No people allowed
People presence, who wouldn't agree that it's one of the most powerful elements in a photo, isn't it? or isn't it? If you look carefully at my portfolio, you'll find that no human is present in any of my photos. This may come as a surprise to many since a huge percentage of the photos worldwide include, or, should I say, rely on the human presence in a photo.
Excluding people from my artworks was one of the most profound decisions I've made while molding my photography style and personal vision. But don't get me wrong, I too rely on human presence in my photography but not as an actual part of a photo. I rely on us humans solely as observers, as the other end of where I reach to communicate my artworks. But why did I make such a decision? Without a doubt, once we decide to include a person in a photo, they become not just a strong element in it but the strongest one, they become dominant. Either as a forefront element or a vague one, in almost all photographic themes, us humans play the leading role in what a photo represents. Some may state that photos that don't include people in them are not powerful enough, they are just a stage and nothing more. I'm far against that statement. This may sound controversial but as much as I reckon the value of a person in a photo, at the same time I prefer not to include one in them.
The main reason is because I prefer to invite the observer in the frame, to make him wander around in it, to be a part of it, to experience and sense the atmosphere that a photo emits. The observer should not feel like playing a second part in an image, so, he shouldn't be an outer element. As my artworks are all about atmosphere and mood, I've made the decision to enhance this intention in a Zen-like way, that is by relying on the absence of the human factor in the frame but at the same time induce it through the eyes of the observer.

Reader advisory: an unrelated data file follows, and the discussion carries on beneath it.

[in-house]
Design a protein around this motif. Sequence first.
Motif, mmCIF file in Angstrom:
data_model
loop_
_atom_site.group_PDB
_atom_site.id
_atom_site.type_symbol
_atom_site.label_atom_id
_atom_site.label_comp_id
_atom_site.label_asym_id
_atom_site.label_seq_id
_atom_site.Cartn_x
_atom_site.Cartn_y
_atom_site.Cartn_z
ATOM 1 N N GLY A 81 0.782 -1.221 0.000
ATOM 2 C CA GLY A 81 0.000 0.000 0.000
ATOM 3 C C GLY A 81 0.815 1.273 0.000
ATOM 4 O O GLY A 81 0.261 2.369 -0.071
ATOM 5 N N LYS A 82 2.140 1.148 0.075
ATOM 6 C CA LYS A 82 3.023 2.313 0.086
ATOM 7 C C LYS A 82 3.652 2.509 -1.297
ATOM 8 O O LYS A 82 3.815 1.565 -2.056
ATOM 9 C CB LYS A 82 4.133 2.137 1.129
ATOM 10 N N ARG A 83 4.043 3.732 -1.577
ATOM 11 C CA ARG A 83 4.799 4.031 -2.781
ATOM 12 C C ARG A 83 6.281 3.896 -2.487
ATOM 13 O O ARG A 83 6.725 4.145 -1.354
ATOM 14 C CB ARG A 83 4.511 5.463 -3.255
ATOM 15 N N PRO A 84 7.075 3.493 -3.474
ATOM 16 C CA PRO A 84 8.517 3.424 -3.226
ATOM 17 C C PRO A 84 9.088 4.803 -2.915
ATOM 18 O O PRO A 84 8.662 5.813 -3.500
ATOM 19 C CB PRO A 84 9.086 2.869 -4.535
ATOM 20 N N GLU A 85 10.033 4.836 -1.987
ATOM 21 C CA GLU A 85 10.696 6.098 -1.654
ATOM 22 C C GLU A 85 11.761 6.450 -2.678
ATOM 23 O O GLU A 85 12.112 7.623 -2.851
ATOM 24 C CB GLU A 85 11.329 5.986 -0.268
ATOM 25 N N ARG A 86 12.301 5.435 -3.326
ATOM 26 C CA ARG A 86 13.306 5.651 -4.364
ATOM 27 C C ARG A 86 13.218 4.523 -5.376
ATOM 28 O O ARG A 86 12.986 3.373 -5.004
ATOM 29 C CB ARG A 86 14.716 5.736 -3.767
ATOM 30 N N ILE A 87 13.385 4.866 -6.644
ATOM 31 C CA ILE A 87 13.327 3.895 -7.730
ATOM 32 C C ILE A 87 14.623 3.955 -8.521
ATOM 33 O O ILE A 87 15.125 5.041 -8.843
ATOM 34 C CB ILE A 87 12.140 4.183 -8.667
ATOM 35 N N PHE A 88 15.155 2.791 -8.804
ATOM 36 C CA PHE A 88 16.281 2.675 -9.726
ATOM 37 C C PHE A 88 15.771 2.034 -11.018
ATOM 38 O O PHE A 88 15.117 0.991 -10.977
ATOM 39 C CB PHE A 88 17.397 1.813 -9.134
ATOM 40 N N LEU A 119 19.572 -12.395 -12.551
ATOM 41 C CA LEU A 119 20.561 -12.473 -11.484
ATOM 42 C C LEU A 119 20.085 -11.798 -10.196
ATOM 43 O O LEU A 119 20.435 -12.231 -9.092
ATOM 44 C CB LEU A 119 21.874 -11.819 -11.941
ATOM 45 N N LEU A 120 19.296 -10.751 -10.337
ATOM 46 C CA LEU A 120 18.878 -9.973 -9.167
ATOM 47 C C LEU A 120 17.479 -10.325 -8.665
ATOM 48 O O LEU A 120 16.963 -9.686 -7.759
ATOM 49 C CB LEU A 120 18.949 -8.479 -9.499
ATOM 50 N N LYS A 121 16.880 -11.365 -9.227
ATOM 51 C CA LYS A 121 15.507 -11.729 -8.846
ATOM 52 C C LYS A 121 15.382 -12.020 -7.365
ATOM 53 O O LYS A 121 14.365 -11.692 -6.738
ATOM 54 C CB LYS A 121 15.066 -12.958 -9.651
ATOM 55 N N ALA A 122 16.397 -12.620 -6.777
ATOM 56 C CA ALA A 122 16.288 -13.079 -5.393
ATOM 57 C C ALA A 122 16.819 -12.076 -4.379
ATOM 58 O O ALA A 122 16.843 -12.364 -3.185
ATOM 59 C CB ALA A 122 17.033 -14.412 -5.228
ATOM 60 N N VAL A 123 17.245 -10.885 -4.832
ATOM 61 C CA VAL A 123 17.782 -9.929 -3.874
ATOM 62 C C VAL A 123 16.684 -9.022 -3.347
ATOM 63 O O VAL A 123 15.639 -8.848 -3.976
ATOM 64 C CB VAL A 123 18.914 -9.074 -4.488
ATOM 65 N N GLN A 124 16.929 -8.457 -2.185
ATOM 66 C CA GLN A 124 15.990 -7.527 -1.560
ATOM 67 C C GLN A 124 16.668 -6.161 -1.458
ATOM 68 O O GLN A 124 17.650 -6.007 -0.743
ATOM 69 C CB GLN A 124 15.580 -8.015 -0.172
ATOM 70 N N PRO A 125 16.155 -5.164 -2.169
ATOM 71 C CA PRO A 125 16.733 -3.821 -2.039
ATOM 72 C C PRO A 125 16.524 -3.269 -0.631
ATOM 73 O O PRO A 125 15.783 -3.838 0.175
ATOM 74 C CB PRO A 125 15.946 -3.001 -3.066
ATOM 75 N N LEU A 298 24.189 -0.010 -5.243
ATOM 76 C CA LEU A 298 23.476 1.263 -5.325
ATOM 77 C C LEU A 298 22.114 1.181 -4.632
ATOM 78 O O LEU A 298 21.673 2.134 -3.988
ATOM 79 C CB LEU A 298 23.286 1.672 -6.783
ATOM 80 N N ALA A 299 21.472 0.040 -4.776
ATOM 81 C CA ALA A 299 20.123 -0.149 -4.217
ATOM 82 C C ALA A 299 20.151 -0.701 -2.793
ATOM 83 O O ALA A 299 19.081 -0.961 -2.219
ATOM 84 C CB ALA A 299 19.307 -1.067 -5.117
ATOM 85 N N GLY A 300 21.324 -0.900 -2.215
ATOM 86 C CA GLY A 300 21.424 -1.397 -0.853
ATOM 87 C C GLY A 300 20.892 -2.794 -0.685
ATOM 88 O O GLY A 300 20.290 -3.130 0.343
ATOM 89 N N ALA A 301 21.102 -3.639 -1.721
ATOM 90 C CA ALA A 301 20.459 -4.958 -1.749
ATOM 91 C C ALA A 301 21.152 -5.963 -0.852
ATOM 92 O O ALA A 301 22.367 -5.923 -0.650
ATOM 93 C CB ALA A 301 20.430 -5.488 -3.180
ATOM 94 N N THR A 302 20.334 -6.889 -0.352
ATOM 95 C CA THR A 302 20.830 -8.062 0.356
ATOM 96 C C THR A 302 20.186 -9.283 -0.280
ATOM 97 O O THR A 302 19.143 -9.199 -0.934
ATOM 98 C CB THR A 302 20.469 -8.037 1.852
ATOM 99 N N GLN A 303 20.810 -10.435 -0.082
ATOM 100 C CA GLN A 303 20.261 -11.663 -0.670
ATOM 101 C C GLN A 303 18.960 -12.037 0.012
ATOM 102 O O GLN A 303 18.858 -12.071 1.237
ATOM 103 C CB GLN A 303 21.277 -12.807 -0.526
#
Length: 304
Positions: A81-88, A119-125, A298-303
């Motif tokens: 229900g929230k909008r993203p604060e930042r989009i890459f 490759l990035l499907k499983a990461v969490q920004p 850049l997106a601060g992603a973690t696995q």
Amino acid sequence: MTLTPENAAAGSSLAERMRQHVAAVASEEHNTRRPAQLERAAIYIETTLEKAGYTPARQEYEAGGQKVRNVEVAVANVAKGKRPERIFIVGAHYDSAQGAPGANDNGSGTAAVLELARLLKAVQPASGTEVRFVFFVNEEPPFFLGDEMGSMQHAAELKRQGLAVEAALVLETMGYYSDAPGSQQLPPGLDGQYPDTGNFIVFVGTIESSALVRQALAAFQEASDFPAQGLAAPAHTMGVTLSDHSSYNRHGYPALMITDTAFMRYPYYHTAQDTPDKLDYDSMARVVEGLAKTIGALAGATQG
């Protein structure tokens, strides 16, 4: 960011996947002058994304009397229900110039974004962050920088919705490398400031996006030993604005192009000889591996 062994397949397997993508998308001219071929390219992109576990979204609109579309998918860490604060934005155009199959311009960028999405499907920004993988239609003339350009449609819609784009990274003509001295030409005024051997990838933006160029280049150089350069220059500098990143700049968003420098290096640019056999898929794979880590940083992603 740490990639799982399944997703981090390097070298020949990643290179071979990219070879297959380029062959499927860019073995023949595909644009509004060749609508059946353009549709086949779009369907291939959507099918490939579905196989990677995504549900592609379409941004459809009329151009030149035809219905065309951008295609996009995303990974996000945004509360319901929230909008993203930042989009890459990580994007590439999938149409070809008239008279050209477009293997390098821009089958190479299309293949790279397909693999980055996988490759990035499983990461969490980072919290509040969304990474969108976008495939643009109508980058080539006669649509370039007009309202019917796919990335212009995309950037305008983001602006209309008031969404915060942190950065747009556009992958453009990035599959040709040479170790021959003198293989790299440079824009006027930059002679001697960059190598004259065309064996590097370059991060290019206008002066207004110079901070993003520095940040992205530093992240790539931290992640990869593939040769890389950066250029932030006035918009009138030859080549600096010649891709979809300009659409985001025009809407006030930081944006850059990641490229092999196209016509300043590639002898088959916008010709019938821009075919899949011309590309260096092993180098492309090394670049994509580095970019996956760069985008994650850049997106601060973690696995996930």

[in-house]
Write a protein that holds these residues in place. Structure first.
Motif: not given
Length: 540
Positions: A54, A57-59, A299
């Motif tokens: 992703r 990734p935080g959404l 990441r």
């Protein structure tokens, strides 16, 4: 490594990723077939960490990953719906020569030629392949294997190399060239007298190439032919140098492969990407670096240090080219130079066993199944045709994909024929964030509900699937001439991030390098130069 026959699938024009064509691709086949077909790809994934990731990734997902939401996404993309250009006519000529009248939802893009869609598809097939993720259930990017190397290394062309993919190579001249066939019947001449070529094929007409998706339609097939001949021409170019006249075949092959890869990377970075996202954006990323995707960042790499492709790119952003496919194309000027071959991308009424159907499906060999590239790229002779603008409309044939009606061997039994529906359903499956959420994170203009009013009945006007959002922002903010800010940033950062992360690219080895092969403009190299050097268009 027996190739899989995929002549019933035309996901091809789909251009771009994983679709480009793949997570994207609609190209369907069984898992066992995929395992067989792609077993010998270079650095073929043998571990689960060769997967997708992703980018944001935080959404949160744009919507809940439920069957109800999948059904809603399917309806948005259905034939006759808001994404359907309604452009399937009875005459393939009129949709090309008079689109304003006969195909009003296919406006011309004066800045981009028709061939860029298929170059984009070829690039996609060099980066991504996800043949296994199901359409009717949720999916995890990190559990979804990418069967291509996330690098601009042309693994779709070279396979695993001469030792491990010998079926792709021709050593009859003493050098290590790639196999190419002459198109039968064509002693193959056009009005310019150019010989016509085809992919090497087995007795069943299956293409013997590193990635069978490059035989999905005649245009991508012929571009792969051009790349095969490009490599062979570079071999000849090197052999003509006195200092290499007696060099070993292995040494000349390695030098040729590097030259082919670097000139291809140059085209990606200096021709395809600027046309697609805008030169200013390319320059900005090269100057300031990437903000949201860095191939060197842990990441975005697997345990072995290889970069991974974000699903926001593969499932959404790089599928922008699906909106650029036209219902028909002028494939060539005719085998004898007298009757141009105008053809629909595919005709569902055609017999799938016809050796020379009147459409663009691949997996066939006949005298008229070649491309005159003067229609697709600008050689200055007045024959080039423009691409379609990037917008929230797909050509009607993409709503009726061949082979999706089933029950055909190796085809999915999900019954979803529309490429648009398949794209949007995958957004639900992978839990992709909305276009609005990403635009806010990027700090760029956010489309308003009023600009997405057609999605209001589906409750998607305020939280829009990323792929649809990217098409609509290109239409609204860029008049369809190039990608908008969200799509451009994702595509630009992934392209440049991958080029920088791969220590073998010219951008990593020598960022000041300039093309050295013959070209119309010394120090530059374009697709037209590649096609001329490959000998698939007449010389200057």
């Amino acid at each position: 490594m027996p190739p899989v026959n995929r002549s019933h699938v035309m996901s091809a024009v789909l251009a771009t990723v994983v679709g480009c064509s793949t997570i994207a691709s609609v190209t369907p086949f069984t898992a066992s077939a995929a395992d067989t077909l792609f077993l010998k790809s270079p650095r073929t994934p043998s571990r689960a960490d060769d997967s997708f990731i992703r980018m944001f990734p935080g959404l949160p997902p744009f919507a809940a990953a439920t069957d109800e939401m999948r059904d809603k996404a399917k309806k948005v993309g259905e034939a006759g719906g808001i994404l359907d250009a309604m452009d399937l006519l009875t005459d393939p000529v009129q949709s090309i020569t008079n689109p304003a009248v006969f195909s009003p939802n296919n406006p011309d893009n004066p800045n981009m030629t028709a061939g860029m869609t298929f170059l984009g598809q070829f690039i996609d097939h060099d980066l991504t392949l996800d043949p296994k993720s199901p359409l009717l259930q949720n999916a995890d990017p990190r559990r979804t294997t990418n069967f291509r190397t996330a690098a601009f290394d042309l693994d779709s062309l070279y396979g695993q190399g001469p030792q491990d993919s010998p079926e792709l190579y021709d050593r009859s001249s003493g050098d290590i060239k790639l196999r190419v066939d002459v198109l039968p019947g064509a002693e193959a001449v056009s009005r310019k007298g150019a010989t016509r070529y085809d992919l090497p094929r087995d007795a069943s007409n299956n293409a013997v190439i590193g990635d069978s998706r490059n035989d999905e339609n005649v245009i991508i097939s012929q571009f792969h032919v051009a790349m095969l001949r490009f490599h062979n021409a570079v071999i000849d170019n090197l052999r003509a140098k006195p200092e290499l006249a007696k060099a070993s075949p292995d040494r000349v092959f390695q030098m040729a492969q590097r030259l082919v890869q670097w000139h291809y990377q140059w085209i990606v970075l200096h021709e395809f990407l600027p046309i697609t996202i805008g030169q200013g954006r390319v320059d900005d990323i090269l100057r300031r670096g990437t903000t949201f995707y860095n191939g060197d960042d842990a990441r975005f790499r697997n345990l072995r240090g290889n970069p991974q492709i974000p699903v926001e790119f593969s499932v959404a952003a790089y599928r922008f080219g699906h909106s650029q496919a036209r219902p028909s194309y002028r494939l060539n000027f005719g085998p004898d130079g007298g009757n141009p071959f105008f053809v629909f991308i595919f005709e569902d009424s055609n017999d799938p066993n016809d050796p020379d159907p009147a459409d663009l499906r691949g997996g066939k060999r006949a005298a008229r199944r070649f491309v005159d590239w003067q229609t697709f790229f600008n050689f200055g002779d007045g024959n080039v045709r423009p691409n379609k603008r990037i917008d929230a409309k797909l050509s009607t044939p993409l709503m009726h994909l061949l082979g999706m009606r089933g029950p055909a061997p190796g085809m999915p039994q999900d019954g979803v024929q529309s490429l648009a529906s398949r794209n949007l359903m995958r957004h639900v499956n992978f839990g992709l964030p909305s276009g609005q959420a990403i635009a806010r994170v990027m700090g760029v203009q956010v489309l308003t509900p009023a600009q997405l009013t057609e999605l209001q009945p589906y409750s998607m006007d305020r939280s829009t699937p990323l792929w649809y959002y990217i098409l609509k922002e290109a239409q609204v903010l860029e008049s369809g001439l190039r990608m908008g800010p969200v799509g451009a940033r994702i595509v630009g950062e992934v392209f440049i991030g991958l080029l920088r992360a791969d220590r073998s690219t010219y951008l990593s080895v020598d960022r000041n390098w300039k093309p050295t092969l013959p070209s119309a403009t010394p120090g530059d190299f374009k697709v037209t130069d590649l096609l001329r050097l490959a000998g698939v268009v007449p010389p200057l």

Also, this "omission" gives us the freedom to think about the scene through our own prism of interpretation. In a way, the observer becomes the ruler of the setup, he is invited to create an utterly subjective version of what he sees, probably far from what the photographer wants to transmit. This way, the photo inherits interactive attributes that probably cannot be obtained under the dominant presence of a person in the frame.
In any case, choosing to "omit" the human presence in my photos is a crucial part of my creation process. It frees me from certain rules and prerequisites of composition and in the end, it lets me create photos in a more transcendental way. It's only me and the scene around me and this lets many thoughts and fancies to be born...